- Salvador Salinas is new Texas State conservationist.
- Will oversee 764 employees and 217 field offices.
- Has served as Deputy State Conservationist.
Salvador Salinas has been selected as Texas’ State Conservationist for the USDA-Natural Resources Conservation Service (NRCS) effective April 24, 2011.
Salinas will be responsible for NRCS operations in Texas, which includes 764 employees and 217 field offices throughout the state. NRCS is a federal agency that works with private landowners on conservation practices to improve and protect their soil, water and other natural resources.
“I am extremely honored to be selected as the state conservationist. We face challenging times ahead, and together we will continue to work hard to serve our customers with technical expertise on the land,” Salinas said.
Salinas was serving as Texas’ acting state conservationist. He succeeds Donald W. Gohmert who retired from NRCS in 2010 after serving 3 ½ years as state conservationist. Salinas also has served as Acting State Conservationist in Florida and Michigan, Assistant State Conservationist in Massachusetts and Texas, and Deputy State Conservationist in Texas.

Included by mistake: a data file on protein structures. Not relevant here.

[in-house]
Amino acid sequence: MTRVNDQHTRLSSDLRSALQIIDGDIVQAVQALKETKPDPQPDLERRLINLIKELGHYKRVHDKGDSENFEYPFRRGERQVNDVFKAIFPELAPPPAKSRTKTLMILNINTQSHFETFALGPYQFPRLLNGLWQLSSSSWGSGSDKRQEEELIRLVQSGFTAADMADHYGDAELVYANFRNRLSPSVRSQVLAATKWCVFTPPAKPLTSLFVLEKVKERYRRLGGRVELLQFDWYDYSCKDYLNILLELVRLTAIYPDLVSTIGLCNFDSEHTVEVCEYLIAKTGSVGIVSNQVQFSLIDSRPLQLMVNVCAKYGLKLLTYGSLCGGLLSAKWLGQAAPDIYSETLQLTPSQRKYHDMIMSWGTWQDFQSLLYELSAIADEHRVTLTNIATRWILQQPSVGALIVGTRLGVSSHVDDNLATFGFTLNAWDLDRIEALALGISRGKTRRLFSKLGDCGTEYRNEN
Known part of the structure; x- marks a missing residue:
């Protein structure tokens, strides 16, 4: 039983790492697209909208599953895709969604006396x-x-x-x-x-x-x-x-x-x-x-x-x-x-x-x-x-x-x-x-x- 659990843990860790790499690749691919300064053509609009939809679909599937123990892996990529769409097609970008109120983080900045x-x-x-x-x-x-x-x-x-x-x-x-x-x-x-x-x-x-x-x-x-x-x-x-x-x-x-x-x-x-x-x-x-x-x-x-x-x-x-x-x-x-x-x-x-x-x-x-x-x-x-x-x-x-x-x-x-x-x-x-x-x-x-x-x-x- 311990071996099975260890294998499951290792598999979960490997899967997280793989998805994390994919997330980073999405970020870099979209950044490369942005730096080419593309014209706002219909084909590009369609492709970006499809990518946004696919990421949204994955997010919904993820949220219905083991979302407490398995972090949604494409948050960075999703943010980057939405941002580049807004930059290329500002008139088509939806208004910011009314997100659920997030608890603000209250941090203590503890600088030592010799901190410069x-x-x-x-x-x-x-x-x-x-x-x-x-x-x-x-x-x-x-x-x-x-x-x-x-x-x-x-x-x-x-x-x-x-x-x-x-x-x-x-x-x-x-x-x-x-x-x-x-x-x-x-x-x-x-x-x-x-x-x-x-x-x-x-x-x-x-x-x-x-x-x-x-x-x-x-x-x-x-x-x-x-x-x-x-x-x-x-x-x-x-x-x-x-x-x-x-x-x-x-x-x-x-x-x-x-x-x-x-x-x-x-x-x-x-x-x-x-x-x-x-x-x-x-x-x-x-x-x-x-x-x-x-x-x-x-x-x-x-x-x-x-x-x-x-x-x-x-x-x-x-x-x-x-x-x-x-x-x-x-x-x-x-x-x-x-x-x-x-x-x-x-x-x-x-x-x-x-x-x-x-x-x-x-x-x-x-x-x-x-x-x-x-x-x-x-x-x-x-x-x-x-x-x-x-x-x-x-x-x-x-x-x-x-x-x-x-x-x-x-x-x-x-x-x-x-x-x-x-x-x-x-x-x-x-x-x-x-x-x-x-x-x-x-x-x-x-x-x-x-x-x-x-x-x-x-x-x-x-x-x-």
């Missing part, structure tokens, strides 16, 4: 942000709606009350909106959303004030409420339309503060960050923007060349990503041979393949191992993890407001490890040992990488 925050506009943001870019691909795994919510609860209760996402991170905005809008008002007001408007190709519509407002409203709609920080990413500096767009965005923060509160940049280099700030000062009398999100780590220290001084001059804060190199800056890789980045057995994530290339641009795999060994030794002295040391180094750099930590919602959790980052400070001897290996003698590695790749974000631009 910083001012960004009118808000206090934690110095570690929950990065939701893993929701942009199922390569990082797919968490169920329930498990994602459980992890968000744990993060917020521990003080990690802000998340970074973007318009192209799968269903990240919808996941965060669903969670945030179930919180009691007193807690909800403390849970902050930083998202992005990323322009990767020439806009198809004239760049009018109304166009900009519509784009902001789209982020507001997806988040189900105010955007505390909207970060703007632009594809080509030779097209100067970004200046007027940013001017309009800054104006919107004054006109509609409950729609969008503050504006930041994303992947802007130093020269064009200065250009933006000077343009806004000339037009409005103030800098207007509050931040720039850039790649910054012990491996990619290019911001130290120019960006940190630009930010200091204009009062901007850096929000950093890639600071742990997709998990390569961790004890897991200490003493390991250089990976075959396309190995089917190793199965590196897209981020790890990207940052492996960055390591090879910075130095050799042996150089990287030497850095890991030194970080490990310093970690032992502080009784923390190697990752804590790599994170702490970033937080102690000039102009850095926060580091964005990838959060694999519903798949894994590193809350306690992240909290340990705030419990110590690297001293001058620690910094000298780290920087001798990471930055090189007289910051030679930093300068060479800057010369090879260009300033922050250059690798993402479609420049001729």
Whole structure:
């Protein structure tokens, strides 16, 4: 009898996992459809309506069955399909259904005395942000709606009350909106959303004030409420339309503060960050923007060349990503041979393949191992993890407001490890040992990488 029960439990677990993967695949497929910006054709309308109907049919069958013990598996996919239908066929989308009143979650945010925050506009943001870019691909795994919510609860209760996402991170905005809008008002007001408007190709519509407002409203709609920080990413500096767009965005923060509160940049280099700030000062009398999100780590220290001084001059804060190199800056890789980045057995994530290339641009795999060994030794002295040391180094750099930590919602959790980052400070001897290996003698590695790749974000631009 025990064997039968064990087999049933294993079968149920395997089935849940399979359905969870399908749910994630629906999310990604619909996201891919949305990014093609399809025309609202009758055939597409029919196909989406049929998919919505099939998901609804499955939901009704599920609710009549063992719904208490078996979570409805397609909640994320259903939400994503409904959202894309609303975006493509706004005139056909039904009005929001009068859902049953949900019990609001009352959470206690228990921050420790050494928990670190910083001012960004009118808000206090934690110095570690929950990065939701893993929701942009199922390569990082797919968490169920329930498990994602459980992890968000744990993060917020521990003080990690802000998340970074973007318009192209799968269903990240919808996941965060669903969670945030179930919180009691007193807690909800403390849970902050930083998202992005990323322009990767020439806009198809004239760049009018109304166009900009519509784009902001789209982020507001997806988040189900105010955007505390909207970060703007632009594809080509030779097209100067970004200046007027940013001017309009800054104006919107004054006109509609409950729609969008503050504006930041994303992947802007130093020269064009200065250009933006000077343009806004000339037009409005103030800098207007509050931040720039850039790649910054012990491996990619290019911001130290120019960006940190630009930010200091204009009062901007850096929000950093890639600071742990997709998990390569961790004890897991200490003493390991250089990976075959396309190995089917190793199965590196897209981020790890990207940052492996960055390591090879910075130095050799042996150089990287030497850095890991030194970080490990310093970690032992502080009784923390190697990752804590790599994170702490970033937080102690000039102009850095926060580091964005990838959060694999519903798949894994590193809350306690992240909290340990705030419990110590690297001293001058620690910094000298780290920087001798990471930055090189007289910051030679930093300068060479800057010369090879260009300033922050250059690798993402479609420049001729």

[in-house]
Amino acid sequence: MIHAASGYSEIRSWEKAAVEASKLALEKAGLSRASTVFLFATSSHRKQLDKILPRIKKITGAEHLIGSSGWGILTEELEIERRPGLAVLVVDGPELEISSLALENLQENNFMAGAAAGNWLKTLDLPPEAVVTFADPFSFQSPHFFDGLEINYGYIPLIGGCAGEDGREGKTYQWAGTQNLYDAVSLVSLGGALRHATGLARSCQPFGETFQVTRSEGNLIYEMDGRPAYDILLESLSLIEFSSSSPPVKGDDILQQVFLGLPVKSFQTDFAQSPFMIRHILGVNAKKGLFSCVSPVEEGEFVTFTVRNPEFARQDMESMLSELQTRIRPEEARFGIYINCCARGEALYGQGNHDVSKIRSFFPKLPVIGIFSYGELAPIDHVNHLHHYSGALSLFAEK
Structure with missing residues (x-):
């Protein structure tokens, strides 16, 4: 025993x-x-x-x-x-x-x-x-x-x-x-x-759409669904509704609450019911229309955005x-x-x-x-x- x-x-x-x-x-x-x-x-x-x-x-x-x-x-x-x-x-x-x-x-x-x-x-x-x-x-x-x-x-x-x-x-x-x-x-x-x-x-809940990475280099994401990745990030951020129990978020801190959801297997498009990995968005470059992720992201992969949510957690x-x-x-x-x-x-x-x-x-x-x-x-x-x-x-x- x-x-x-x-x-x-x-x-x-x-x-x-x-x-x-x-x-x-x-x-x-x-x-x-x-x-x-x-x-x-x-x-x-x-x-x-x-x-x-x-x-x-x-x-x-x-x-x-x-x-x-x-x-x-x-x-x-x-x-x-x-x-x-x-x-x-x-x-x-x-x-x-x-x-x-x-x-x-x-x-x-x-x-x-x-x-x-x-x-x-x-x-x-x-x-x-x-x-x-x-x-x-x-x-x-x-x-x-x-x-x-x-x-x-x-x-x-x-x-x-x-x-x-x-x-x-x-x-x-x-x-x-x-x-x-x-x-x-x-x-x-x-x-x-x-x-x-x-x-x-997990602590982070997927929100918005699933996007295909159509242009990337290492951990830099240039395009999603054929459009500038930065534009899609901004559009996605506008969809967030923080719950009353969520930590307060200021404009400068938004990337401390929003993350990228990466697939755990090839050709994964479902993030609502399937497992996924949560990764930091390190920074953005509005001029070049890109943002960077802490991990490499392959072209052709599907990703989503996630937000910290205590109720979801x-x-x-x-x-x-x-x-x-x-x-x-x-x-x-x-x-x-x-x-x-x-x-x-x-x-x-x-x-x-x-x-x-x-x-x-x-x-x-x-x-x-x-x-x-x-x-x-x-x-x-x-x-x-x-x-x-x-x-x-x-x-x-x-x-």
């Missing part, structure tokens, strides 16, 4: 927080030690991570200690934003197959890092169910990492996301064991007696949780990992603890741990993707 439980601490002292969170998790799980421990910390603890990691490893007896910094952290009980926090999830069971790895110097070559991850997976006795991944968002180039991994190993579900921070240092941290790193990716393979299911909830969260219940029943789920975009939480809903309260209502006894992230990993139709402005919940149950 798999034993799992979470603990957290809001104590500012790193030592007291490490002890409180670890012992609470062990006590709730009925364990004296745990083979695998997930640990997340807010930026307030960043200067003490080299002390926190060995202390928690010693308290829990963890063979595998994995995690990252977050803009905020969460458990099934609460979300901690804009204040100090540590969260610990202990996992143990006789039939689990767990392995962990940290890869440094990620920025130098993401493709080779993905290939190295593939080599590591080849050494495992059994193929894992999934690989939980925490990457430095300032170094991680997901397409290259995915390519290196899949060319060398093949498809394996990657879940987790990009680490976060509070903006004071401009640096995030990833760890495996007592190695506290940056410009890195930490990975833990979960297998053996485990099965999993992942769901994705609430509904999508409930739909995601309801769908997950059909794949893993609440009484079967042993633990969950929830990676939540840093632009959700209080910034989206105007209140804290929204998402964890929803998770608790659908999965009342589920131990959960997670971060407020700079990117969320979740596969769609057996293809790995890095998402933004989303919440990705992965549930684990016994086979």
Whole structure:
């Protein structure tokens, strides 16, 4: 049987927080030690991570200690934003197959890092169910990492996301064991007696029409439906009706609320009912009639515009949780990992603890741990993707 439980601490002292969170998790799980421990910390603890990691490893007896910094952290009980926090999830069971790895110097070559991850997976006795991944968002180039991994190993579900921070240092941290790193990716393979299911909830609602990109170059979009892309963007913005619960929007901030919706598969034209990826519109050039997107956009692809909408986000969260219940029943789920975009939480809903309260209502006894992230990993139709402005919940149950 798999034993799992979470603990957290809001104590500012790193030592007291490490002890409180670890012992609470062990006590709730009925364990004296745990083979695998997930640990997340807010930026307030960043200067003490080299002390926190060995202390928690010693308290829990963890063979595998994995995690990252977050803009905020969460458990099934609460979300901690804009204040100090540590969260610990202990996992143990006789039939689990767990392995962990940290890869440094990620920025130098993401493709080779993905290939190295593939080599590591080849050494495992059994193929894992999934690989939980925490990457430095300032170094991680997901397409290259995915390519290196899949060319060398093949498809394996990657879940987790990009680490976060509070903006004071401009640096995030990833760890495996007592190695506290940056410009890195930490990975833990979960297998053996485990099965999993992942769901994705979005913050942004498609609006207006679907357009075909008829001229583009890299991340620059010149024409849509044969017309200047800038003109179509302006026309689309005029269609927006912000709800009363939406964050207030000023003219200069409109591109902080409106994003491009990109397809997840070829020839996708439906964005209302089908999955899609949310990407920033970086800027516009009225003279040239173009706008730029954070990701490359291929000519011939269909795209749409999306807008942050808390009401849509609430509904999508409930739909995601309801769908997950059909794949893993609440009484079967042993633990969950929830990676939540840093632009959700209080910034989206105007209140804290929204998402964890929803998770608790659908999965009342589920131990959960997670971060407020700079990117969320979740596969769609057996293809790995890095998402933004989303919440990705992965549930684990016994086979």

He also has served on a two-year international assignment in Cuernavaca, Mexico, along with many details to NRCS national headquarters in Washington, D.C. He is currently serving in an advisory capacity to the National Grazing Lands Coalition.
Salvador, a native of Rio Grande City, Texas, started his career as a range conservationist with the Soil Conservation Service, now NRCS, in 1978. He received his Bachelor of Science degree in range science from Texas A&M University in 1977.
Salinas is Texas’ 12thNRCS State Conservationist.